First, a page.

Theoretical & methodological contributions to 'area and health' studies
Over the years we have contributed to academic and policy thinking about how one's area of residence might influence health and health related behaviours. We have argued that it is not enough to characterise areas as ‘socio-economically deprived', and that attention needs to be paid to features of areas (for example, resources and amenities) rather than just characteristics of the local population (for example their socio-economic status, as established from decennial censuses). We have suggested that researchers and policy makers need to think about what aspects of area of residence might influence what aspects of health (e.g. coronary heart disease or depression) or behaviour (e.g. diet or exercise) in which population groups (e.g. children, the elderly). We have proposed a way of thinking about how areas might influence health, based on a framework of human needs (what do people need in order to lead a healthy life, and how are these needs met by the local environment?).
We have also suggested that rather than avoiding taking an ecological approach to studying neighbourhoods, investigators should avoid taking too individualistic an approach, since features of neighbourhoods which might impact on health might be different from the sum of individual characteristics. We have shown that it is important to challenge, and empirically investigate, widespread assumptions about the distribution of resources (for example, that ‘food deserts', places where it is hard to buy nutritious and affordable food, are common and more often to be found in poor places). We have argued that how resources are distributed in places, and their impact on health, may be very dependent on the national or regional context; for example, supermarkets may be more concentrated in rich neighbourhoods in the USA, but in poor areas in the UK, and equitably distributed across areas in Australia.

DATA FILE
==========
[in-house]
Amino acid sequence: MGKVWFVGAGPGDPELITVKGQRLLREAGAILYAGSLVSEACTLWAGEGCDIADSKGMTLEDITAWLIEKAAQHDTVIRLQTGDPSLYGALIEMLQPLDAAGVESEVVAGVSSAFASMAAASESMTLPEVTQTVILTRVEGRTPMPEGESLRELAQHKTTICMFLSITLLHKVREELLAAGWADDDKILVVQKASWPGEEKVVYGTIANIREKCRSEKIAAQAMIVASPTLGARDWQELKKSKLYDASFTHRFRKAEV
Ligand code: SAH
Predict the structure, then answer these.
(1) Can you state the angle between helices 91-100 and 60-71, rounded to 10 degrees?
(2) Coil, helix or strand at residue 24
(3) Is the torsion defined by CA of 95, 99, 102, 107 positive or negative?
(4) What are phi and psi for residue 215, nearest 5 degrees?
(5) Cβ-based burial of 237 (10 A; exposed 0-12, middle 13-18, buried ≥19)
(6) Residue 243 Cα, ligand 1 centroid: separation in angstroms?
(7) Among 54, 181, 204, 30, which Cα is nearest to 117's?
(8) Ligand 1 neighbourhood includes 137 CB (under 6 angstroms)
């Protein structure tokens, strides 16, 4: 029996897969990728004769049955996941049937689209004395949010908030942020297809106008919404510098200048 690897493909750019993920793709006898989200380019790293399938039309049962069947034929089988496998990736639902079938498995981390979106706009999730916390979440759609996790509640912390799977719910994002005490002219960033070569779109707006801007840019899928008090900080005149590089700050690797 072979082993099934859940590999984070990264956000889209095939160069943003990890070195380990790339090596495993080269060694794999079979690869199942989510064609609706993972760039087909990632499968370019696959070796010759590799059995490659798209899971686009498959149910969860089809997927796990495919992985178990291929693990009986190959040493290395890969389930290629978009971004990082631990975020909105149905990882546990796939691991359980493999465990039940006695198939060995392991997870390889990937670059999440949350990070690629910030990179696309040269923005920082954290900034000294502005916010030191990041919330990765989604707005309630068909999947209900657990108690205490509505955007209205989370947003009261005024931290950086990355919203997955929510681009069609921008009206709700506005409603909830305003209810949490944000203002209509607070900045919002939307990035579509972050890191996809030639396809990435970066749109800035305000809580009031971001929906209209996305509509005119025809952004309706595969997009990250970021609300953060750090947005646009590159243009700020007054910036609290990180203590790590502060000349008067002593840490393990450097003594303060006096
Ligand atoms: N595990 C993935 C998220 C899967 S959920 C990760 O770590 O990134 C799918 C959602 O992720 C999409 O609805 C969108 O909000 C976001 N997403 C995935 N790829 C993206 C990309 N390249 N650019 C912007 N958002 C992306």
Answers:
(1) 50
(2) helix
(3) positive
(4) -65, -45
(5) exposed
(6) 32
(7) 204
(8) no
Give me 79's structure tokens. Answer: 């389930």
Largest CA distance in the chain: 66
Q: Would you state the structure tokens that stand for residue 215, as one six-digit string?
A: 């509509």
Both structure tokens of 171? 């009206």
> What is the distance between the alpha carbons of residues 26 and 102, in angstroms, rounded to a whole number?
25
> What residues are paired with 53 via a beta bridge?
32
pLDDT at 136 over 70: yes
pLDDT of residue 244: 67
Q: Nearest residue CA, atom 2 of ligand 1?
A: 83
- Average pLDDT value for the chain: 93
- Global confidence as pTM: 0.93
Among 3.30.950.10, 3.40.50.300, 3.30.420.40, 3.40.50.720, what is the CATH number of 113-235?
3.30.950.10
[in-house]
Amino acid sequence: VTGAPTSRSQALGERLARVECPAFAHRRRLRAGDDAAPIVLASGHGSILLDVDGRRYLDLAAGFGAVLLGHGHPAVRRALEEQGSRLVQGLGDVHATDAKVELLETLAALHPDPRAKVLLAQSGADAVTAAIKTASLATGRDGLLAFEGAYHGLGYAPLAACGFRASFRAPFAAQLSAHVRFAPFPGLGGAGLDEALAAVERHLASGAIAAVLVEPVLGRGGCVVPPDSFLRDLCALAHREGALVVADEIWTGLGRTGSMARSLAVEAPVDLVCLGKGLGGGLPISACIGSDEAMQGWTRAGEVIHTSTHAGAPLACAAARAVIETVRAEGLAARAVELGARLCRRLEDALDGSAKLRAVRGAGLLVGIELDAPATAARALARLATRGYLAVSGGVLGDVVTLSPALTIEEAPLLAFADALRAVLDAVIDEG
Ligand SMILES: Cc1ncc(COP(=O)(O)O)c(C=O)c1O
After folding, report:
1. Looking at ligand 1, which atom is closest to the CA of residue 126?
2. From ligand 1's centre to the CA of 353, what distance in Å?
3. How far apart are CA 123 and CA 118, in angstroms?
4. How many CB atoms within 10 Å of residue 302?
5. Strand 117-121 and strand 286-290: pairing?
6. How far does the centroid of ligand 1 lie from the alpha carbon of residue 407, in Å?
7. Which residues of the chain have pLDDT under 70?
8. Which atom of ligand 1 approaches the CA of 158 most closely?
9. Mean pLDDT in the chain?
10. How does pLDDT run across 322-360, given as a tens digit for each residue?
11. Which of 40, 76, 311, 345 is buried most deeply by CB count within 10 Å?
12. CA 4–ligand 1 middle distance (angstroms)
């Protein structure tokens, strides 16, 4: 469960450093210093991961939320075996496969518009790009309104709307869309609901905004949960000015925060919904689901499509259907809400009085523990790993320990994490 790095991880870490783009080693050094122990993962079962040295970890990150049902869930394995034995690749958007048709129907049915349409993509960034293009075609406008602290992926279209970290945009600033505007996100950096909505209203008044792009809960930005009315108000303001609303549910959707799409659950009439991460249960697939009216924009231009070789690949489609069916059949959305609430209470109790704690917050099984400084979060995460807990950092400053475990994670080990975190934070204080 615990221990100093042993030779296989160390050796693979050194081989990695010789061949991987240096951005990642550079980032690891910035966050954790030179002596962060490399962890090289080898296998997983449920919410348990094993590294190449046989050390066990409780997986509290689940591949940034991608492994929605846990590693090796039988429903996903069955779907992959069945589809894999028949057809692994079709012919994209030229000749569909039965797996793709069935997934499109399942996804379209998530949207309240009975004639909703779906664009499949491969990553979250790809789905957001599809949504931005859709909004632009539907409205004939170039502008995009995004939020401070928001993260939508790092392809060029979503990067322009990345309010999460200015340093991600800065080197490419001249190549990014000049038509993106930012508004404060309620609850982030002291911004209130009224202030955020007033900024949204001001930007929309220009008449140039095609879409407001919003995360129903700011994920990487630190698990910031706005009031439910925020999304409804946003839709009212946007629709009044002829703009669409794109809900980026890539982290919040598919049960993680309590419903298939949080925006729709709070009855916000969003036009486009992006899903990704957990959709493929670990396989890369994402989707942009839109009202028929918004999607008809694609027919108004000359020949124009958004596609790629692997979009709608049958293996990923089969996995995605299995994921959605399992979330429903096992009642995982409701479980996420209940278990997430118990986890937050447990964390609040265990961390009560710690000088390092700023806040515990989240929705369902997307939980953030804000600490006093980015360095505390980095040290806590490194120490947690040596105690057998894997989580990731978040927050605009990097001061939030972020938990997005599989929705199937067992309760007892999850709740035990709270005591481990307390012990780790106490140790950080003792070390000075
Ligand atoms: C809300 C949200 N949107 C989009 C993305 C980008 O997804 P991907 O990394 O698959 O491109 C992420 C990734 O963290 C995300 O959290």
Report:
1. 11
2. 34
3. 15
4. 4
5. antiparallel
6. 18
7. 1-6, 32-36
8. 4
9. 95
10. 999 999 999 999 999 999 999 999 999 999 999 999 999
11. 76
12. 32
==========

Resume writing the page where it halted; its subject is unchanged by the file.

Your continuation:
Our main contribution to methods has been to explore how one can measure features of area, and at what spatial scale. We showed that on a national level it is difficult to obtain reliable data at the spatial scale one might consider appropriate (for example, amounts of litter, crime rates, policing, or religiosity at a neighbourhood level). For some potential environmental influences on health however, for example retail food stores or fast food outlets, it is more practicable to collect area level data for one city or region. We collected information about the location of 42 resources and amenities (for example, retail food stores, alcohol outlets, doctors' surgeries) in Glasgow City, and explored distribution by area deprivation. Findings showed that twelve resources had higher density in more deprived neighbourhoods (e.g. credit unions, bus stops, bingo halls, outdoor play areas etc), sixteen had higher density in more affluent neighbourhoods (e.g. private schools, railway stations, tennis courts, parks etc), and others had no clear pattern by deprivation (e.g. fire stations, public libraries, cafes etc). We have reviewed the importance of relational aspects of places. We explored the extent of agreement between self-reported and objective measures of the same variable (whether or not respondents lives within 0.5 miles of a public green open space), and if there was any socio-demographic variation. Findings showed that agreement was poor (62%, kappa 0.095), and was no higher than poor in any socio-demographic subgroup.